Teenagers across the country are turning off the television, getting outside to exercise and filling their plates with more fruits and vegetables, according to information published in the October journal Pediatrics.
Between 2001 and 2009, teens also ate fewer sweets and ate breakfast more often. According to an American Academy of Pediatrics press release, the authors believe it helps explain the leveling off of the childhood obesity rate.
Researchers at the Eunice Kennedy Shriver National Institute of Child Health and Human Development surveyed more than 9,000 students in grades 6 through 10 about their behaviors and their body mass index (BMI).
They found that BMIs increased from 2001 to 2006, but didn’t change significantly from 2006 to 2010. They also noted healthy behaviors from both genders, all ages and ethnicities.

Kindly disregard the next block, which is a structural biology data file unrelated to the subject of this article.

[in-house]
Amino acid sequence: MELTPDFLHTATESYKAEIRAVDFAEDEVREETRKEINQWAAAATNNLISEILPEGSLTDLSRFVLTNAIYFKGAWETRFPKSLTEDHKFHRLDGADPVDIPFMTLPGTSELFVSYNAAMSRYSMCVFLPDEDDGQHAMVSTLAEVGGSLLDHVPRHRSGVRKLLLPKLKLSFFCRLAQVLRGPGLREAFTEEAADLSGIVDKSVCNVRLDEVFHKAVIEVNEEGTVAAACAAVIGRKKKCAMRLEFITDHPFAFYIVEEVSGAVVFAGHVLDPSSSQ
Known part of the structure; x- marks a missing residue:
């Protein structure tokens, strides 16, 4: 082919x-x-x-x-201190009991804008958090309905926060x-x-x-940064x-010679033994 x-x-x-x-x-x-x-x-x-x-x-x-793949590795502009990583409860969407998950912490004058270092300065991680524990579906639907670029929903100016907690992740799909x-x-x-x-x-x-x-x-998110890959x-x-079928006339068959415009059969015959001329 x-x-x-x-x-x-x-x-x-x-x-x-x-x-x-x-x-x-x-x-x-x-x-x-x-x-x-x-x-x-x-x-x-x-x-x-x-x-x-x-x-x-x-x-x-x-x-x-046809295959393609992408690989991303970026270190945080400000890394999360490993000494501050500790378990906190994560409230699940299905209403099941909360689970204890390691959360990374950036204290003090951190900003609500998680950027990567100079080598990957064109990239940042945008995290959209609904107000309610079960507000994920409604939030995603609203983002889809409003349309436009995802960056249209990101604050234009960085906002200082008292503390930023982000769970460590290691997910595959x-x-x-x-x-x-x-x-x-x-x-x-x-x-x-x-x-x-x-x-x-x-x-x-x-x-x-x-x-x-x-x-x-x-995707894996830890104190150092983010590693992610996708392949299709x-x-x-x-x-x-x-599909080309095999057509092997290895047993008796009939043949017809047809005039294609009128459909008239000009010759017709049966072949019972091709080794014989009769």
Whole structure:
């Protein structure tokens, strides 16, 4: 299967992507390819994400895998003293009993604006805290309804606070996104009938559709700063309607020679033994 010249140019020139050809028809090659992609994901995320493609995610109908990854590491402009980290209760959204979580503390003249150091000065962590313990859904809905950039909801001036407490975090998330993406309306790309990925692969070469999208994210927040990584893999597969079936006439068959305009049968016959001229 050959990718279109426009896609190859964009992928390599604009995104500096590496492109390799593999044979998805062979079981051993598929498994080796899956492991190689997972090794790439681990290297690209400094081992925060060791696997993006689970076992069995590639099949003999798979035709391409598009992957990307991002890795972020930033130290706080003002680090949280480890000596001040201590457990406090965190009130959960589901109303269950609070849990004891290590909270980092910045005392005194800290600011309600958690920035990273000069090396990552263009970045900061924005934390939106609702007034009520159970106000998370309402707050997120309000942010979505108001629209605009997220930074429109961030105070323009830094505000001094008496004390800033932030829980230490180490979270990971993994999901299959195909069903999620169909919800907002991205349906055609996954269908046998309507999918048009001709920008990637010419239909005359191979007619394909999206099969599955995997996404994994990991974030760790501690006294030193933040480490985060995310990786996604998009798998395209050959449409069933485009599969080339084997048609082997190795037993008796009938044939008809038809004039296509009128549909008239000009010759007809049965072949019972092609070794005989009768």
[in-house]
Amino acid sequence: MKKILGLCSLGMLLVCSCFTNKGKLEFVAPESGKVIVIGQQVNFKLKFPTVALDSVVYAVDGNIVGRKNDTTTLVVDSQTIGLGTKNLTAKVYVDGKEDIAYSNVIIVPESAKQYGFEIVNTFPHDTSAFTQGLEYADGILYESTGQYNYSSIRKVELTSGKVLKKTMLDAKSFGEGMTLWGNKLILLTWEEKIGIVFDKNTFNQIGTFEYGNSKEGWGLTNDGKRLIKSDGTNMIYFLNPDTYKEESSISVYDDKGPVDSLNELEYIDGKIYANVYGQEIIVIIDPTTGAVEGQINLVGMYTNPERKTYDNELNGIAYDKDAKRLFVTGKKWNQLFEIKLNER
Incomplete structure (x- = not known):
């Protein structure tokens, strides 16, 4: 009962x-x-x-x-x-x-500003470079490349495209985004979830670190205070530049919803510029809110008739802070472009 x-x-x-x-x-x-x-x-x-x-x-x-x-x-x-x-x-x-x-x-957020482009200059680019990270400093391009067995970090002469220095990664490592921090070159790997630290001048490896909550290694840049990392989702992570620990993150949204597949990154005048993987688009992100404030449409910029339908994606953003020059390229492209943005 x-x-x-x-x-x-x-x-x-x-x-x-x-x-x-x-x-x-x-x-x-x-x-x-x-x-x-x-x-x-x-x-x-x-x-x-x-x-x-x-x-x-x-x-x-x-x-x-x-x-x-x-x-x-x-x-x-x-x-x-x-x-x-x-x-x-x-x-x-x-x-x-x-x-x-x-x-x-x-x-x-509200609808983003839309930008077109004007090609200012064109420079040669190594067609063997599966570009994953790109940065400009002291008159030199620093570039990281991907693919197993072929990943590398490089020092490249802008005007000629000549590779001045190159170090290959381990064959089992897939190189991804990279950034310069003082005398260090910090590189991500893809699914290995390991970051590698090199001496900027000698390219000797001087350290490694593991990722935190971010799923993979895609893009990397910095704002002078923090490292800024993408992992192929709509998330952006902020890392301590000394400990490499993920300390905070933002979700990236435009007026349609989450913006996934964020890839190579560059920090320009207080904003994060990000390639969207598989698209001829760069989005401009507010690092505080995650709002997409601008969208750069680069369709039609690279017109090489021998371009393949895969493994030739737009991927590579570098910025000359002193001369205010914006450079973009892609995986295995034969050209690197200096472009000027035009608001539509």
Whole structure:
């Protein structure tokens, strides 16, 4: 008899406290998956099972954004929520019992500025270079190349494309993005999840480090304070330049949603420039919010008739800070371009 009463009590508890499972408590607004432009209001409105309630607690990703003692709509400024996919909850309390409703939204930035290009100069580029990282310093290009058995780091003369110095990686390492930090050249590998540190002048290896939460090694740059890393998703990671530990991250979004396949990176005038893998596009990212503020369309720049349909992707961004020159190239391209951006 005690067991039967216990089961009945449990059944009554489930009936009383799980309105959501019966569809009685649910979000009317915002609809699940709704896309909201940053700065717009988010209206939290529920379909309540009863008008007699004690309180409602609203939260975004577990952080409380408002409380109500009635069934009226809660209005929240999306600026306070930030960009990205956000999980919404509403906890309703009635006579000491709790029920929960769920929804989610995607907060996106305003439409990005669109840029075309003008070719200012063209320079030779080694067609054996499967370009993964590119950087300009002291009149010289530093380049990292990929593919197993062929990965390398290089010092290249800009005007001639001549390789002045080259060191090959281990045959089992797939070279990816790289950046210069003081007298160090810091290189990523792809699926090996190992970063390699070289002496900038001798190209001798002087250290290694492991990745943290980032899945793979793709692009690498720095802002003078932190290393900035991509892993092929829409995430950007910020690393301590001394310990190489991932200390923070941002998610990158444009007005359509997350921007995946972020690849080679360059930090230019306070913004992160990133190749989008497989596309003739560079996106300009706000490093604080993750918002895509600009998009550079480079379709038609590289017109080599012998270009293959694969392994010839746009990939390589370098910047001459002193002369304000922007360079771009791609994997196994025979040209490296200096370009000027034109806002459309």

However, boys said they exercised more than girls, but also played more video games and watched more television. Girls reported more computer time for social media, homework and browsing the web.
Girls said they ate more fruits and vegetables than boys, but also indulged in more sweets and skipped breakfast more often. Boys reported higher BMIs than girls.
The study’s authors suggest that pediatricians provide more tailored advice for boys and girls.
Federal government guidelines say that teenagers should get an hour of moderate to vigorous exercise every day, with three days of vigorous to intense exercise.
Teen girls should aim for 1.5 cups of fruit and 2 – 2.5 cups of vegetables daily. Teen boys should eat 1.5 – 2 cups of fruit a day and 2.5 – 3 cups of veggies. Teens should always eat breakfast.